April 11, 2008 10:09 AM

Blogger Harmony said...

It looks good.

Good luck on getting your plot tomorrow!

April 11, 2008 11:05 AM

Blogger kathy said...

Irrigation: Here's a previous post of mine about my irrigation system. I love my set up of underground drip lines and the computer controlled timer.

My guess is it was well worth the expense. The water goes directly to the roots, less evaporation loss, and I don't loose plants because I forgot to water. Especially with tall plants, like tomatoes, an underground set up is perfect.

My newest area of garden doesn't have any permanent irrigation yet. I debating having the same company add to the old setup. I've also heard there are do-it-yourself lines around, which I think would be good to try if you want to. That's my other option - to set a new grid up myself and hook it up to a rain barrel. I think that would be great.

Here's an nice post I've been bookmarking about rain barrels.

For my current system, I used a company in located in a neighboring town here (I think maybe Waltham) called Autowater. They did a great job. They told me that other gardeners don't like the lines that need to taken up and dug in again every year and prefer soaker hoses. I don't know about them - I like my grids.

April 11, 2008 4:27 PM

OpenID mostlygardening said...


I have a valve set up on my regular (timer controlled) irrigation that I plan to hook up to. I'm planning on running the 1/2" lines in the beds myself and then having someone hook them up to the valve and wire the valve to the system (etc.) for me.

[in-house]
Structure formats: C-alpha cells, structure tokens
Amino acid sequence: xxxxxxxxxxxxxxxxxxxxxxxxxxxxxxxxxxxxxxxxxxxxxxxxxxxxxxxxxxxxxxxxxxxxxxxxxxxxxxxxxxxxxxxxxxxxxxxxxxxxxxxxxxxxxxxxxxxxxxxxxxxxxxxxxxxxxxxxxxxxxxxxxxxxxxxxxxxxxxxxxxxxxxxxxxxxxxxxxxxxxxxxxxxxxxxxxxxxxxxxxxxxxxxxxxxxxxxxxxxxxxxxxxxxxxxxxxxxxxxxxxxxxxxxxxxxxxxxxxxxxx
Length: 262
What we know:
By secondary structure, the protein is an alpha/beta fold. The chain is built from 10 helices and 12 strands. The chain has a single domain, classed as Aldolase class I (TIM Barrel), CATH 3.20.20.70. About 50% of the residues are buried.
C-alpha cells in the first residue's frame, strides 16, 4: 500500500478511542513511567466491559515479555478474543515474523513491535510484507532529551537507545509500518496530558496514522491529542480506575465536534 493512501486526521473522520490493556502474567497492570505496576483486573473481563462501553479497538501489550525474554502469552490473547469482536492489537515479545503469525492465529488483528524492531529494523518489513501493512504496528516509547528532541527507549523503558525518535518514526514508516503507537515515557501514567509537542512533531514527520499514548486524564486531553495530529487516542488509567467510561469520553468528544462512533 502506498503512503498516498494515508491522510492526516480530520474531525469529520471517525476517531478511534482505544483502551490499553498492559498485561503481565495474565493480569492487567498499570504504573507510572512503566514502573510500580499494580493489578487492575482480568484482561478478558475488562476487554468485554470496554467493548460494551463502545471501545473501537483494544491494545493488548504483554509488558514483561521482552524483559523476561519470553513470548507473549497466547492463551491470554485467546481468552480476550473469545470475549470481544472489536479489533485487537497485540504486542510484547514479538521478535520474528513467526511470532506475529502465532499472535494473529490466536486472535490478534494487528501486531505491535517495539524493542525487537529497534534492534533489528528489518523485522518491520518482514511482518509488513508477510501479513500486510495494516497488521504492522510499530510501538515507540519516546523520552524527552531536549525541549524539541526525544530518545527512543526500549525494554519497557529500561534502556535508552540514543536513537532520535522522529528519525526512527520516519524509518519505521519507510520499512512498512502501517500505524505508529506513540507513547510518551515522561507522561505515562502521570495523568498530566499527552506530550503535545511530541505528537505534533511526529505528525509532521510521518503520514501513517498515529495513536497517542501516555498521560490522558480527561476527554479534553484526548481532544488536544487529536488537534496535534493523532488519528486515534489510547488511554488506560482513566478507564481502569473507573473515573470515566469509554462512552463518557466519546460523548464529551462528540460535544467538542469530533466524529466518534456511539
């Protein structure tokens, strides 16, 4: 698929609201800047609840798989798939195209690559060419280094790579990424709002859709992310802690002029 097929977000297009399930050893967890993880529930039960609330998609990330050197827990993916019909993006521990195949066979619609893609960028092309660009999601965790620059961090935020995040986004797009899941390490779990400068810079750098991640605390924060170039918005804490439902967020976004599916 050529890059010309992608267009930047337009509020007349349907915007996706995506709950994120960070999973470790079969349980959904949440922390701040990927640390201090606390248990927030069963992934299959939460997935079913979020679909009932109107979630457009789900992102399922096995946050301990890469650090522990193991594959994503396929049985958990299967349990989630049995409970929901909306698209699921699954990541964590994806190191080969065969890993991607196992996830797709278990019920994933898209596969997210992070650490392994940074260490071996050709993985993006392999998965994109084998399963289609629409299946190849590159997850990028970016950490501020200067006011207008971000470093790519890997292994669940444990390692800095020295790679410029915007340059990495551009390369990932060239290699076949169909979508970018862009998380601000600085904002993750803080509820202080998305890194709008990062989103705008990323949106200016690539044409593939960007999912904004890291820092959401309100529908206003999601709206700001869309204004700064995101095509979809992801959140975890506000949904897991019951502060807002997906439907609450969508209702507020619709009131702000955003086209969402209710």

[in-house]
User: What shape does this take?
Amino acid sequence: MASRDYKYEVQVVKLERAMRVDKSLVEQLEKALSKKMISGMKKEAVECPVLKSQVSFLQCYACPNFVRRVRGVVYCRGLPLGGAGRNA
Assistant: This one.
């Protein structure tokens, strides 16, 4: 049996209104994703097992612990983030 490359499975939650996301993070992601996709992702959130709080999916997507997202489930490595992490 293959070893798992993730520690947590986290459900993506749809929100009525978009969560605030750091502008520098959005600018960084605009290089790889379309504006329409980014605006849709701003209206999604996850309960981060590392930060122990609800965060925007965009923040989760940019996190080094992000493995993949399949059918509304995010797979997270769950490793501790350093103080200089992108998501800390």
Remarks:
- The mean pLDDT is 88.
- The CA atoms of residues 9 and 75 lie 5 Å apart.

I've been angsting over how many lines to run, how far apart, etc. I see that yours are 3 lines down each bed, which I think are not quite 4 feet wide. My beds are four feet wide, so they're similar.

Does water come out of both sides of each pipe? Any problem down the center with the water not stretching?

I'm trying to decide...3 lines? 4 lines?

April 11, 2008 6:46 PM

Blogger kathy said...

There are not very many holes in the pipes. Two rows, one on each side. Maybe 2 or 3 inches apart. The system is best for established plants as there are wetter and dryer areas down the center.

I also have a set of pop up sprayers along the edge of the stone path that I angle into the garden when I have seedlings. Or I hand water seedlings.

My beds are 3 feet 9 inches wide. If you are going to remove the pipes to turn the soil in spring, 4 lines may be harder to handle, but you could do 2 separate loops of 2.

I water well (about 45 minutes) every 2 to 3 days to get a good soaking on the soil.

April 11, 2008 8:10 PM

Blogger kathy said...

Turning the soil: Soil microbiology sounds like a GREAT class. What fun.

One thing is I don't turn very deep. I use a standard shovel, so I turn about 6 inches at most. And its partly a mix, partly a turn. I've been doing this for ever, do I think my good soil is pretty well distributed in the top 6 inches.

April 11, 2008 8:16 PM